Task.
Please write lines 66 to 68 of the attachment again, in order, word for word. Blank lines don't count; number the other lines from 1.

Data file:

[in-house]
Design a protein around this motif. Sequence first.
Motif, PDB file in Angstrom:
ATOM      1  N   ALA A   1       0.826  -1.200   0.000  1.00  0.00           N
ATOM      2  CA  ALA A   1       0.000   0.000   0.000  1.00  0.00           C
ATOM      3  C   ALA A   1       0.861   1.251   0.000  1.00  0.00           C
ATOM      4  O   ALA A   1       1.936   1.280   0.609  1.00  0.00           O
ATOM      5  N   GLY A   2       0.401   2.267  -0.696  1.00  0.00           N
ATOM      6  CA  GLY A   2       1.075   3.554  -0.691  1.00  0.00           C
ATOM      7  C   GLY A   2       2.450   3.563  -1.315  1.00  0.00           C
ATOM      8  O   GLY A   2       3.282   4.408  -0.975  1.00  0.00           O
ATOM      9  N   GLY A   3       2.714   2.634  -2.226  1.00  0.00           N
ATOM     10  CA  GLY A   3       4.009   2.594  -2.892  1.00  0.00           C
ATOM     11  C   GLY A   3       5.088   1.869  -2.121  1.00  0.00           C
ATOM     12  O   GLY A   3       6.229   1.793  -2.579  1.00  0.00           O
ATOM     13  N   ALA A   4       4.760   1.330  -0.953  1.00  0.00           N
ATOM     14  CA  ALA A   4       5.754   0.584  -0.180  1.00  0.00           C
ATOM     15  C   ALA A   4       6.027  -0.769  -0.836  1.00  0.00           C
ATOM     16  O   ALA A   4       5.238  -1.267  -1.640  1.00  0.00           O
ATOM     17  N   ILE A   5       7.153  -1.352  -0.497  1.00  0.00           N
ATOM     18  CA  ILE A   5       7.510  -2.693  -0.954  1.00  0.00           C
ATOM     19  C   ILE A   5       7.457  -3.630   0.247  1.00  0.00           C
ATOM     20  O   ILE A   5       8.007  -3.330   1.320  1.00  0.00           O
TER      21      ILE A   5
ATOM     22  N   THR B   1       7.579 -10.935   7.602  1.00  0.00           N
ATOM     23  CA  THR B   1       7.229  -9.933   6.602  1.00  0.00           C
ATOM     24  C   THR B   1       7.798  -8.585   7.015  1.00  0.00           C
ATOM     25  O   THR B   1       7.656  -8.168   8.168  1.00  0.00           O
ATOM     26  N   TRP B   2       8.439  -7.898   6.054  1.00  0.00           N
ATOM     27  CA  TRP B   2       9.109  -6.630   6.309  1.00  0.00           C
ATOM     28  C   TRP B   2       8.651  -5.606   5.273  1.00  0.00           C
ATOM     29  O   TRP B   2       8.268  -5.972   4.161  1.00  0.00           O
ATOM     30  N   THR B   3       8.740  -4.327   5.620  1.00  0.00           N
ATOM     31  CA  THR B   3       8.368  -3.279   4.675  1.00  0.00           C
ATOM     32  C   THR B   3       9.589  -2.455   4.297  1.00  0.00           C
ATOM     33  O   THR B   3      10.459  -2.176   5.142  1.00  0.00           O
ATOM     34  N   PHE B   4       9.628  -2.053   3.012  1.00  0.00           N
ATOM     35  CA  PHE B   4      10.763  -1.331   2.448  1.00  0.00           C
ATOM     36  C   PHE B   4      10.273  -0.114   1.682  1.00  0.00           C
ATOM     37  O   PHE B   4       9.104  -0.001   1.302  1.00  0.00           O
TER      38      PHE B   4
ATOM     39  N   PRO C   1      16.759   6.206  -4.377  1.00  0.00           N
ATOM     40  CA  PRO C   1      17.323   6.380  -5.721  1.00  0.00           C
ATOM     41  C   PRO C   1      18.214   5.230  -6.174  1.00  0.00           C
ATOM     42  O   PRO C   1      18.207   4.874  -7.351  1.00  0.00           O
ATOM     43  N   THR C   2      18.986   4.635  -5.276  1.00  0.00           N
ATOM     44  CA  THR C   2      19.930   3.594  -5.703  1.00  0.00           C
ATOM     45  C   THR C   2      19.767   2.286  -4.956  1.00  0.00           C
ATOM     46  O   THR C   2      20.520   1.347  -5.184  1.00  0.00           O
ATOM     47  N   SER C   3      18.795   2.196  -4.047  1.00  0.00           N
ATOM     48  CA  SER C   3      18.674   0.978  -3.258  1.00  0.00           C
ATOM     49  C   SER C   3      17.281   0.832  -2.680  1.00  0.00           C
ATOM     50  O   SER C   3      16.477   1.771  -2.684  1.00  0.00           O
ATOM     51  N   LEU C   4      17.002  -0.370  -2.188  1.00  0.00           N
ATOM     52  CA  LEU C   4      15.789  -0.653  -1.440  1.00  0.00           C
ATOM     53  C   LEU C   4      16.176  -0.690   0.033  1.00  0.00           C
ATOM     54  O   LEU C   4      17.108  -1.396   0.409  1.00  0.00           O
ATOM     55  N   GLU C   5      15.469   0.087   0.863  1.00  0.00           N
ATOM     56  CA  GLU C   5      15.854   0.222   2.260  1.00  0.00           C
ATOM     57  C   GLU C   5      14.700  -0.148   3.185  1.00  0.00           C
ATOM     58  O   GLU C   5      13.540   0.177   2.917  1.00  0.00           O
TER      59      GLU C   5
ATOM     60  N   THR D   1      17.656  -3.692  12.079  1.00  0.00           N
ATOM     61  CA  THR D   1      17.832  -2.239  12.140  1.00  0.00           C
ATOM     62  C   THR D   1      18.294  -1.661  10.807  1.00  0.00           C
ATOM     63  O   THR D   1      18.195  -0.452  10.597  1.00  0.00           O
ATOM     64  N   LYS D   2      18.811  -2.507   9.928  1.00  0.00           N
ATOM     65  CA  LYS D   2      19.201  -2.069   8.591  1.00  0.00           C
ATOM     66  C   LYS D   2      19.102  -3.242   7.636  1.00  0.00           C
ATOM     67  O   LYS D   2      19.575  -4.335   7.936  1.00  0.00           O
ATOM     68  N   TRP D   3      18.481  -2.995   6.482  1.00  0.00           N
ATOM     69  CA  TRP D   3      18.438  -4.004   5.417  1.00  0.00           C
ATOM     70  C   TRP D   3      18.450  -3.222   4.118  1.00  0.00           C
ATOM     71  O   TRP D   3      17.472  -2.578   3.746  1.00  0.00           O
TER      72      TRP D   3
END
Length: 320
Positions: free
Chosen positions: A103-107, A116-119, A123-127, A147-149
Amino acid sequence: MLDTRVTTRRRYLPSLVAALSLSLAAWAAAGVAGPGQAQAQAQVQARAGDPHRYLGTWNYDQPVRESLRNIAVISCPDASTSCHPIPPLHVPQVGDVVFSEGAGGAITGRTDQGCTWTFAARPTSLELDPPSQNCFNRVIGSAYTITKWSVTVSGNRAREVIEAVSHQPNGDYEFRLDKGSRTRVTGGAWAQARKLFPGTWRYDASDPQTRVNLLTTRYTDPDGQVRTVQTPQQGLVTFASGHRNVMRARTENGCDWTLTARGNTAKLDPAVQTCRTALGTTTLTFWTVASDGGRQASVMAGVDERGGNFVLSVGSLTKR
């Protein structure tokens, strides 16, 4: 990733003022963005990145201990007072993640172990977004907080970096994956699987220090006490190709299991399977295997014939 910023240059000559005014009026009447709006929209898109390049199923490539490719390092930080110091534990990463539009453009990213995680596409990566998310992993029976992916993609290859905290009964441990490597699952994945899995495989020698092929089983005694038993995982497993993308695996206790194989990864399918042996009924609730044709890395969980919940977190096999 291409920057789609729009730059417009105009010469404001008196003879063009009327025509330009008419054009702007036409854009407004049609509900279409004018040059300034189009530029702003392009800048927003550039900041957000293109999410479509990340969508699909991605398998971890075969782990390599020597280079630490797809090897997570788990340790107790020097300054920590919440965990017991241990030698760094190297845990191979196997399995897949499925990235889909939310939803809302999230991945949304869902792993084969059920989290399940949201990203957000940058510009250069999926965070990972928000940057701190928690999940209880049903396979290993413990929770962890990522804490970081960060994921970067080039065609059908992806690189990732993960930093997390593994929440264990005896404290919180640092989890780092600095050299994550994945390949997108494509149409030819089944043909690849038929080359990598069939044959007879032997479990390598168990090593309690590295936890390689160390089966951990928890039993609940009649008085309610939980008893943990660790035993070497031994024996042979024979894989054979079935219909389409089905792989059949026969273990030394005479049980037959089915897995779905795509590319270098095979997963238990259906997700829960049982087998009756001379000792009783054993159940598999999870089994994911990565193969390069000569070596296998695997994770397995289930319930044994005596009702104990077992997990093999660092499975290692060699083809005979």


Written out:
ATOM     63  O   THR D   1      18.195  -0.452  10.597  1.00  0.00           O
ATOM     64  N   LYS D   2      18.811  -2.507   9.928  1.00  0.00           N
ATOM     65  CA  LYS D   2      19.201  -2.069   8.591  1.00  0.00           C